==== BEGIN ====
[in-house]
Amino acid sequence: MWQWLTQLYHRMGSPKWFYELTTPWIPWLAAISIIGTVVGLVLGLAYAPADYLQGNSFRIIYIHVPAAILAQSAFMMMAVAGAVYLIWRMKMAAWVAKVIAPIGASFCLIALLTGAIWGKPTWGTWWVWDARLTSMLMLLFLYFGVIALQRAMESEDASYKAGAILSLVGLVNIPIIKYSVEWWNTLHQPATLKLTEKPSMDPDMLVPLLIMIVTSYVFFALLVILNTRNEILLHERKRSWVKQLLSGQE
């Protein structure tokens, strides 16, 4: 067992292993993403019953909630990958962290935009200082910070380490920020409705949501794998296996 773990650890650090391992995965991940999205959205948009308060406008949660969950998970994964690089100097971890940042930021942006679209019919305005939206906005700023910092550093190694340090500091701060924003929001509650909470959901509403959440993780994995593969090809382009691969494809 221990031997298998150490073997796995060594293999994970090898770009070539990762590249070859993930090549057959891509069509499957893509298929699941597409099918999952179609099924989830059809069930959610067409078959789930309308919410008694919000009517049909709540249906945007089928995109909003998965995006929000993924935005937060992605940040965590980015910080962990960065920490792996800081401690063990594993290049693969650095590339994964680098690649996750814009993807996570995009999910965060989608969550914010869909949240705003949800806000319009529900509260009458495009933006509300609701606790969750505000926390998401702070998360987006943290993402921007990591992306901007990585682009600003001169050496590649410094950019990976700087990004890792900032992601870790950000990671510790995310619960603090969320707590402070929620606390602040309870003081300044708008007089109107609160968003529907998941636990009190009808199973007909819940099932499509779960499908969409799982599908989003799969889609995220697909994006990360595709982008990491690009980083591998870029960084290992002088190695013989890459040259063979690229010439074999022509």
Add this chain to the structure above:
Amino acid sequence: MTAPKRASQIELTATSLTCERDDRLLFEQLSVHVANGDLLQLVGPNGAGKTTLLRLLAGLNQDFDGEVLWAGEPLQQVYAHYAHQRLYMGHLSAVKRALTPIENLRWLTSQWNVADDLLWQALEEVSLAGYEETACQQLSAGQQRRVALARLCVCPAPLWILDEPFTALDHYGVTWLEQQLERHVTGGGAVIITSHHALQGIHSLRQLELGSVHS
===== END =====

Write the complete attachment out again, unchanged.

[in-house]
Amino acid sequence: MWQWLTQLYHRMGSPKWFYELTTPWIPWLAAISIIGTVVGLVLGLAYAPADYLQGNSFRIIYIHVPAAILAQSAFMMMAVAGAVYLIWRMKMAAWVAKVIAPIGASFCLIALLTGAIWGKPTWGTWWVWDARLTSMLMLLFLYFGVIALQRAMESEDASYKAGAILSLVGLVNIPIIKYSVEWWNTLHQPATLKLTEKPSMDPDMLVPLLIMIVTSYVFFALLVILNTRNEILLHERKRSWVKQLLSGQE
């Protein structure tokens, strides 16, 4: 067992292993993403019953909630990958962290935009200082910070380490920020409705949501794998296996 773990650890650090391992995965991940999205959205948009308060406008949660969950998970994964690089100097971890940042930021942006679209019919305005939206906005700023910092550093190694340090500091701060924003929001509650909470959901509403959440993780994995593969090809382009691969494809 221990031997298998150490073997796995060594293999994970090898770009070539990762590249070859993930090549057959891509069509499957893509298929699941597409099918999952179609099924989830059809069930959610067409078959789930309308919410008694919000009517049909709540249906945007089928995109909003998965995006929000993924935005937060992605940040965590980015910080962990960065920490792996800081401690063990594993290049693969650095590339994964680098690649996750814009993807996570995009999910965060989608969550914010869909949240705003949800806000319009529900509260009458495009933006509300609701606790969750505000926390998401702070998360987006943290993402921007990591992306901007990585682009600003001169050496590649410094950019990976700087990004890792900032992601870790950000990671510790995310619960603090969320707590402070929620606390602040309870003081300044708008007089109107609160968003529907998941636990009190009808199973007909819940099932499509779960499908969409799982599908989003799969889609995220697909994006990360595709982008990491690009980083591998870029960084290992002088190695013989890459040259063979690229010439074999022509």
Add this chain to the structure above:
Amino acid sequence: MTAPKRASQIELTATSLTCERDDRLLFEQLSVHVANGDLLQLVGPNGAGKTTLLRLLAGLNQDFDGEVLWAGEPLQQVYAHYAHQRLYMGHLSAVKRALTPIENLRWLTSQWNVADDLLWQALEEVSLAGYEETACQQLSAGQQRRVALARLCVCPAPLWILDEPFTALDHYGVTWLEQQLERHVTGGGAVIITSHHALQGIHSLRQLELGSVHS